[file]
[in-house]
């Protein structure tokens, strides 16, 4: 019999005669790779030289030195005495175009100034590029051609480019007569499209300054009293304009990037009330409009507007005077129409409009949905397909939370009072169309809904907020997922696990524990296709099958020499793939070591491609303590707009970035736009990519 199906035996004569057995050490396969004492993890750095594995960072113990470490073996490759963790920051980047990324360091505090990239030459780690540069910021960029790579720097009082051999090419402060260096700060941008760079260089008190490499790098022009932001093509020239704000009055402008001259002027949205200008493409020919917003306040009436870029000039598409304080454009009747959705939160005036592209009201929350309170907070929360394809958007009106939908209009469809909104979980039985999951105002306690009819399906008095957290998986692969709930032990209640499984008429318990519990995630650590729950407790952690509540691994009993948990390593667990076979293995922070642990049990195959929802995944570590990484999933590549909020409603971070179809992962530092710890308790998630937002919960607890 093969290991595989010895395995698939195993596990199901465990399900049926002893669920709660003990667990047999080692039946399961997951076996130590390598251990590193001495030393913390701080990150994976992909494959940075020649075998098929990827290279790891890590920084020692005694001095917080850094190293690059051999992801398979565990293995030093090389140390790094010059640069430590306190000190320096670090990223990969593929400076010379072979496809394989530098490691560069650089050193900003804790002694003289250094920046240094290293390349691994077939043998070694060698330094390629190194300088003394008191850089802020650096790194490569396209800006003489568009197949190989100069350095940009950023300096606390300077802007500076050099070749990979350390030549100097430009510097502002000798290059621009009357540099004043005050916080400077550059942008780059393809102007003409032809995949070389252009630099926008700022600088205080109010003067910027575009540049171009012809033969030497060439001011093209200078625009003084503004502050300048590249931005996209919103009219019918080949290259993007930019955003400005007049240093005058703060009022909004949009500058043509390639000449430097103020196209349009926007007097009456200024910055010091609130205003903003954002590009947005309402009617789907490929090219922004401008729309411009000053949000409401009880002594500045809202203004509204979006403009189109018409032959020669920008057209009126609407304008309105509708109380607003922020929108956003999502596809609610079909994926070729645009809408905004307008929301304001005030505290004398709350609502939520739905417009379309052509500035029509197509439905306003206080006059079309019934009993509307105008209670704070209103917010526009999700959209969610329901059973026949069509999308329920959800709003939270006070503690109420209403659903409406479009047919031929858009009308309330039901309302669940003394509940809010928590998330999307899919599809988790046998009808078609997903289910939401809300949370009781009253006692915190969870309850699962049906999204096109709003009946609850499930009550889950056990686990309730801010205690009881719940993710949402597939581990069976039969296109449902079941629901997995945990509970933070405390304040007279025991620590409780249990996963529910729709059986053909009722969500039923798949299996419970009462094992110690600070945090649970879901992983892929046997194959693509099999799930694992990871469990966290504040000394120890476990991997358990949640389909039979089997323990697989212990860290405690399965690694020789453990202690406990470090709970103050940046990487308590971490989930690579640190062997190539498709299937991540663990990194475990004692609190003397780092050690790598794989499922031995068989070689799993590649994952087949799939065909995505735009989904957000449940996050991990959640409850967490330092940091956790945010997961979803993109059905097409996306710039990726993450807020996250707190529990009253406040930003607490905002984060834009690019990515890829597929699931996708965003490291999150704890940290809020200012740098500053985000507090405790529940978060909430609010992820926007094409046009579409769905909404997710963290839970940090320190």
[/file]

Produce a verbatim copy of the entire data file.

[in-house]
């Protein structure tokens, strides 16, 4: 019999005669790779030289030195005495175009100034590029051609480019007569499209300054009293304009990037009330409009507007005077129409409009949905397909939370009072169309809904907020997922696990524990296709099958020499793939070591491609303590707009970035736009990519 199906035996004569057995050490396969004492993890750095594995960072113990470490073996490759963790920051980047990324360091505090990239030459780690540069910021960029790579720097009082051999090419402060260096700060941008760079260089008190490499790098022009932001093509020239704000009055402008001259002027949205200008493409020919917003306040009436870029000039598409304080454009009747959705939160005036592209009201929350309170907070929360394809958007009106939908209009469809909104979980039985999951105002306690009819399906008095957290998986692969709930032990209640499984008429318990519990995630650590729950407790952690509540691994009993948990390593667990076979293995922070642990049990195959929802995944570590990484999933590549909020409603971070179809992962530092710890308790998630937002919960607890 093969290991595989010895395995698939195993596990199901465990399900049926002893669920709660003990667990047999080692039946399961997951076996130590390598251990590193001495030393913390701080990150994976992909494959940075020649075998098929990827290279790891890590920084020692005694001095917080850094190293690059051999992801398979565990293995030093090389140390790094010059640069430590306190000190320096670090990223990969593929400076010379072979496809394989530098490691560069650089050193900003804790002694003289250094920046240094290293390349691994077939043998070694060698330094390629190194300088003394008191850089802020650096790194490569396209800006003489568009197949190989100069350095940009950023300096606390300077802007500076050099070749990979350390030549100097430009510097502002000798290059621009009357540099004043005050916080400077550059942008780059393809102007003409032809995949070389252009630099926008700022600088205080109010003067910027575009540049171009012809033969030497060439001011093209200078625009003084503004502050300048590249931005996209919103009219019918080949290259993007930019955003400005007049240093005058703060009022909004949009500058043509390639000449430097103020196209349009926007007097009456200024910055010091609130205003903003954002590009947005309402009617789907490929090219922004401008729309411009000053949000409401009880002594500045809202203004509204979006403009189109018409032959020669920008057209009126609407304008309105509708109380607003922020929108956003999502596809609610079909994926070729645009809408905004307008929301304001005030505290004398709350609502939520739905417009379309052509500035029509197509439905306003206080006059079309019934009993509307105008209670704070209103917010526009999700959209969610329901059973026949069509999308329920959800709003939270006070503690109420209403659903409406479009047919031929858009009308309330039901309302669940003394509940809010928590998330999307899919599809988790046998009808078609997903289910939401809300949370009781009253006692915190969870309850699962049906999204096109709003009946609850499930009550889950056990686990309730801010205690009881719940993710949402597939581990069976039969296109449902079941629901997995945990509970933070405390304040007279025991620590409780249990996963529910729709059986053909009722969500039923798949299996419970009462094992110690600070945090649970879901992983892929046997194959693509099999799930694992990871469990966290504040000394120890476990991997358990949640389909039979089997323990697989212990860290405690399965690694020789453990202690406990470090709970103050940046990487308590971490989930690579640190062997190539498709299937991540663990990194475990004692609190003397780092050690790598794989499922031995068989070689799993590649994952087949799939065909995505735009989904957000449940996050991990959640409850967490330092940091956790945010997961979803993109059905097409996306710039990726993450807020996250707190529990009253406040930003607490905002984060834009690019990515890829597929699931996708965003490291999150704890940290809020200012740098500053985000507090405790529940978060909430609010992820926007094409046009579409769905909404997710963290839970940090320190």